In this edition of Subject Matters, one of our high flying Year 12 students discusses the impact of the pandemic on the Indian Economy.
Over the past few months, COVID-19 has caused mass destruction in India. Packed hospitals have been forced to turn away patients, people were dying in the streets and bodies were found washed up on the banks of rivers. This rise in case numbers has been exponential in the second wave, and this time it’s not only the poorer populations who have had their livelihoods shattered. According to the financial times, the latest outbreak could have long-term ramifications for middle class Indian citizens too, whose rising consumption was expected to be the country’s growth engine for many years.
Ashish Anand had dreams of becoming a fashion designer. He poured his £4,000 life savings into opening a clothing shop on the outskirts of Delhi selling custom-designed suits, shirts and pants. However lockdown meant that he had to shut it all down. Now Anand, his wife and his two children are among millions of people in India in danger of sliding into poverty. They have no money left, and struggle to feed their children.
This loss of the middle class is happening all over the country and is very significant for a number of reasons. For example, the middle class often contains the people who have entrepreneurial skills and create small businesses. Emerging markets (such as India) are very dependent on these businesses as they create employment opportunities for a significant proportion of the population. In the financial year of 2020, over 110 million Indians were employed in small or medium sized businesses across India. Therefore, if the second wave sends millions of people into poverty, India’s economy could suffer greatly. There would be a large loss of jobs, causing people to reduce their expenditure on goods and services – essentially, this would decrease the output of the economy, lowering GDP and reducing economic growth.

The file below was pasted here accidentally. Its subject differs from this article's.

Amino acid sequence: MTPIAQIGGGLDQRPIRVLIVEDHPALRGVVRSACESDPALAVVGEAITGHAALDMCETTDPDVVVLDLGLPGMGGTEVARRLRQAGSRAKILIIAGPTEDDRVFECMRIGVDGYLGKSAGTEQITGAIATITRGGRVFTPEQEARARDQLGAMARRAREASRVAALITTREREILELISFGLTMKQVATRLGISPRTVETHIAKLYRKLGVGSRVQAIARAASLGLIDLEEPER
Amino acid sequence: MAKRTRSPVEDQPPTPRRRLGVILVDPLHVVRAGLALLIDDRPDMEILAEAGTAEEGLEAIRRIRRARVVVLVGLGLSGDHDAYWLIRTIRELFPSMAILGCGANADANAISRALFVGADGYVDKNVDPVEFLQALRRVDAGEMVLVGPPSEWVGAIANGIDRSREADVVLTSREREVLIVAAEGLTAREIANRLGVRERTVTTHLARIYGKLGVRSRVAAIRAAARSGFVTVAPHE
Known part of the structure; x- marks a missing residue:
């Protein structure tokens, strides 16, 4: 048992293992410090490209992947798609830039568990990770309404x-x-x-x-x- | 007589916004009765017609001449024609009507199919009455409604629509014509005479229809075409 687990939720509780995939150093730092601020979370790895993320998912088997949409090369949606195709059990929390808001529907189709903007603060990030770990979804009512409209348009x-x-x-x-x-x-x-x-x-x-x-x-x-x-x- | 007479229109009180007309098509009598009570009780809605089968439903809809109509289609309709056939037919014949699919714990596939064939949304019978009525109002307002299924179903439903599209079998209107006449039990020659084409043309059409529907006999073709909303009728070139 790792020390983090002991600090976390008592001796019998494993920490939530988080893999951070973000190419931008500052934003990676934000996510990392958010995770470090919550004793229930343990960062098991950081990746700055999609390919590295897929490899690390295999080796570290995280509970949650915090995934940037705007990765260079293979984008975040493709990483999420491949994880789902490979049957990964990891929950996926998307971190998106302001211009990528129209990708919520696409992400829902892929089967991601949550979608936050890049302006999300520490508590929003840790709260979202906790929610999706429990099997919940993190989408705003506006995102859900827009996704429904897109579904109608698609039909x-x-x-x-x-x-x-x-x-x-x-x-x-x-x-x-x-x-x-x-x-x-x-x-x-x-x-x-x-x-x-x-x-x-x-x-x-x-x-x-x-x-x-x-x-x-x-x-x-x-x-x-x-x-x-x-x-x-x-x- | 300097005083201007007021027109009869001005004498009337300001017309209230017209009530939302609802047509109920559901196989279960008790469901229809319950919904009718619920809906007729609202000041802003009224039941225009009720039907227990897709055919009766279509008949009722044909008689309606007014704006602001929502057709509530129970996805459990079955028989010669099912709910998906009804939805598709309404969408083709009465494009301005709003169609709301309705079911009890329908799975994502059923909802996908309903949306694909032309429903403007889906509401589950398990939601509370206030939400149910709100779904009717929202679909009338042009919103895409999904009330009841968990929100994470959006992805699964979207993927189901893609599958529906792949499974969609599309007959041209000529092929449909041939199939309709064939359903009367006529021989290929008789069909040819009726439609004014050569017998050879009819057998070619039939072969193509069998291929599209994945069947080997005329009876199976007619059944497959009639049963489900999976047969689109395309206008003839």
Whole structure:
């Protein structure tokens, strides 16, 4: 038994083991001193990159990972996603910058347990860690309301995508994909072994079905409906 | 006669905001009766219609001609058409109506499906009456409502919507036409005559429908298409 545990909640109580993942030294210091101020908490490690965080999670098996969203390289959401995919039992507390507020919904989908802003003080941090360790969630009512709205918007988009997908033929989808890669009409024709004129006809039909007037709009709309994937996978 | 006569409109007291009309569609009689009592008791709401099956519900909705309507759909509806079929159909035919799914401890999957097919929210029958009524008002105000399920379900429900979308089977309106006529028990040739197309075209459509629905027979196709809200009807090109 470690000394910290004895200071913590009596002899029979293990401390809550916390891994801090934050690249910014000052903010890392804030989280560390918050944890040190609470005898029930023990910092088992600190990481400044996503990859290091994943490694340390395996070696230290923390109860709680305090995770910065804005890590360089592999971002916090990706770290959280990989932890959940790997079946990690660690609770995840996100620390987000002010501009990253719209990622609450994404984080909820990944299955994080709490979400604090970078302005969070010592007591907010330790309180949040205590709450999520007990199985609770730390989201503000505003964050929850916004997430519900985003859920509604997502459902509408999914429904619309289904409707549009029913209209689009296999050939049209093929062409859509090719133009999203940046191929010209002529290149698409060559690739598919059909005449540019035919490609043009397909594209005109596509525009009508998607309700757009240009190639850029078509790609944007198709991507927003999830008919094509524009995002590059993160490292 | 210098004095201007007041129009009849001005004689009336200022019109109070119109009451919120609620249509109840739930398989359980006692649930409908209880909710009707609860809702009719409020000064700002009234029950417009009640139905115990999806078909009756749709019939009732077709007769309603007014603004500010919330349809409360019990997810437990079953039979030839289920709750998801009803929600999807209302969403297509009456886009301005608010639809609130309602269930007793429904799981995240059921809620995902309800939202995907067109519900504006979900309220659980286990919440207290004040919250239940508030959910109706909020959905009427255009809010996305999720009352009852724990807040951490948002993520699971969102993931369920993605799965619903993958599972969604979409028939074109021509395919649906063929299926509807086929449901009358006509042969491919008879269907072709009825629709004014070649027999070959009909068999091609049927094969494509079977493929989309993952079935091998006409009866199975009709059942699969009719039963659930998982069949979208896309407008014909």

If there is no middle class, the economic inequality in the country could also get much worse. The distribution of income in India is already extremely unequal; the top 10% of the Indian population hold 77% of the total national wealth. The loss of the middle class may create a situation where we have only the two extremes of the spectrum in terms of wealth. Consequently, it is likely that consumption will reduce, as the wealthy simply do not consume enough to drive a modern economy. Therefore, the middle class is essential, as their consumption of goods and services is what drives the economy.
However, in the past year, India’s middle class has been reduced by a third. Given its severity, the current second wave and its economic impact could well mean that India’s middle class will be reduced to half of what it was before the pandemic. This could potentially reverse the massive economic improvements India has made in the past few years, and send millions of people into poverty.